Earth Hour; a lovely sentiment but missing the mark

Today at 8.30pm is WWF’s “Earth Hour”, where they have urged us all to make a stand for the planet by turning off all our lights, therefore saving the energy that would otherwise have been used. Ariel (yes, the laundry company which is the antithesis to the term “eco-friendly”) have pledged Β£1 for every person participating. Some issues I have with this concept:

  1. The sponsor of the event (Ariel) is actively causing environmental damage with their destructive chemical based, plastic promoting laundry products. This feels like a massive case of greenwashing by Ariel, to jump on the “environmentally conscious” bandwagon without having to actively make any changes in their own business. Of course, it’s nice they’ve made the effort but it seems suspiciously like a marketing ploy to detract attention from their own misgivings.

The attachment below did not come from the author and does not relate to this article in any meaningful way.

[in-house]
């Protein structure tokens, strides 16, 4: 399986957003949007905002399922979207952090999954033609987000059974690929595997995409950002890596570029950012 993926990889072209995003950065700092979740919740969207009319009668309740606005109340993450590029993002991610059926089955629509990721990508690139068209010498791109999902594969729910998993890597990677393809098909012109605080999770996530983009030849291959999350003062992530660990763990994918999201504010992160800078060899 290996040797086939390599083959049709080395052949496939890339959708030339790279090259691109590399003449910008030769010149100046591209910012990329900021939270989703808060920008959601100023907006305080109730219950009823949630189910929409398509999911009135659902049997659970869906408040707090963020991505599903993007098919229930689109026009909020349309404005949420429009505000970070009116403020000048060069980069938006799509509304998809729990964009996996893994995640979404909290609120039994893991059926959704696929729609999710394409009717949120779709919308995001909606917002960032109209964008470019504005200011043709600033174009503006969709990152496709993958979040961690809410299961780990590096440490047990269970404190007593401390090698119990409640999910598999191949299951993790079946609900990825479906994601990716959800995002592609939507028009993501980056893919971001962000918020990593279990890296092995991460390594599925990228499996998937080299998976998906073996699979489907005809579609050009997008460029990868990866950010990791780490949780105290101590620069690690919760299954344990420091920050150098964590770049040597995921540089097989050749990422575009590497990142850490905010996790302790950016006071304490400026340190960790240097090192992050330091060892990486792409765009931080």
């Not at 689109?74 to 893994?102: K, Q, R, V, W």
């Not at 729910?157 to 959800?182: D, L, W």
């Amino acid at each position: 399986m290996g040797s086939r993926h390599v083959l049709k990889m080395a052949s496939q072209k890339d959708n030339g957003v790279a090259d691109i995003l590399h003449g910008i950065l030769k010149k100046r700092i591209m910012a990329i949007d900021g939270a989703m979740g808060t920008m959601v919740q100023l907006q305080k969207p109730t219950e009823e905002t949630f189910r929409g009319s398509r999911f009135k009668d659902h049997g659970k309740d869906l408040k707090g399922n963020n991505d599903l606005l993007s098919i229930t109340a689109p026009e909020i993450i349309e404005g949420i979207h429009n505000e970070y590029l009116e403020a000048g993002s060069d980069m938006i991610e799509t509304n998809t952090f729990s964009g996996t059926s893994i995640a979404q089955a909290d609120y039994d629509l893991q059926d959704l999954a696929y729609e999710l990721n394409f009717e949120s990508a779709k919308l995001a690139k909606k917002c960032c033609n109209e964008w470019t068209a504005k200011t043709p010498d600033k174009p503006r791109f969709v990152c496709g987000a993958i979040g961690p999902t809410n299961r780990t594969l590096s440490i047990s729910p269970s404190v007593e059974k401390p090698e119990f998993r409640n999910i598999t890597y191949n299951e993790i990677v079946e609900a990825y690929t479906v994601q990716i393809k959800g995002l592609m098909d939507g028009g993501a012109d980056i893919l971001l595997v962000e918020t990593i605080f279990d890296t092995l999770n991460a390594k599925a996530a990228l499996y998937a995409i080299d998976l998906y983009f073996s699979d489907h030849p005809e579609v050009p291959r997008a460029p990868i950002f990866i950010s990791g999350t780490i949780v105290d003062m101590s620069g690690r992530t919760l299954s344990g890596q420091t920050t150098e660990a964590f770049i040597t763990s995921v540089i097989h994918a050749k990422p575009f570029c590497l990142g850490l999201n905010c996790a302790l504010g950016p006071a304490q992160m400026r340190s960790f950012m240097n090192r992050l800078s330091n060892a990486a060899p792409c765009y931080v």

2. The term “Earth Hour” is very catchy and inspiring. It brings to my mind connotations of large actions to help towards the betterment of our earth. When I found out it was just turning off the lights for an hour, it felt like a bit of an anticlimax to be honest. This action has helped take the strain off the Earth for one hour of one day of a year, but what about the future? What about going forwards? This hasn’t really encouraged any active change in our day to day lives, and hence won’t be making any drastic change to the future of Earth and its inhabitants.

Although it is lovely to see how many people are participating, and encouraging to see there are many people who care, we need a bigger movement of stronger actions which can be implemented in our everyday lives, rather than such a fleeting action which enables everyone to return back to their daily grind with the validation that that was fulfilling their eco quota for this year (yep looking at you Ariel).

With unprecedented rates of deforestation, rapid environmental devastation triggered by human activity, climate change rearing it’s ugly head and causing disastrous consequences for habitats, wildlife and humans alike, we have possibly already run out of time. However, there is still scope to save what little we have left, and it is up to all of us as individuals to make the changes available to us (not just turning off our lights for an hour one day a year), whilst our “leaders” flail between profit and ethics.

Every hour should be Earth Hour, not just 8.30 pm today.

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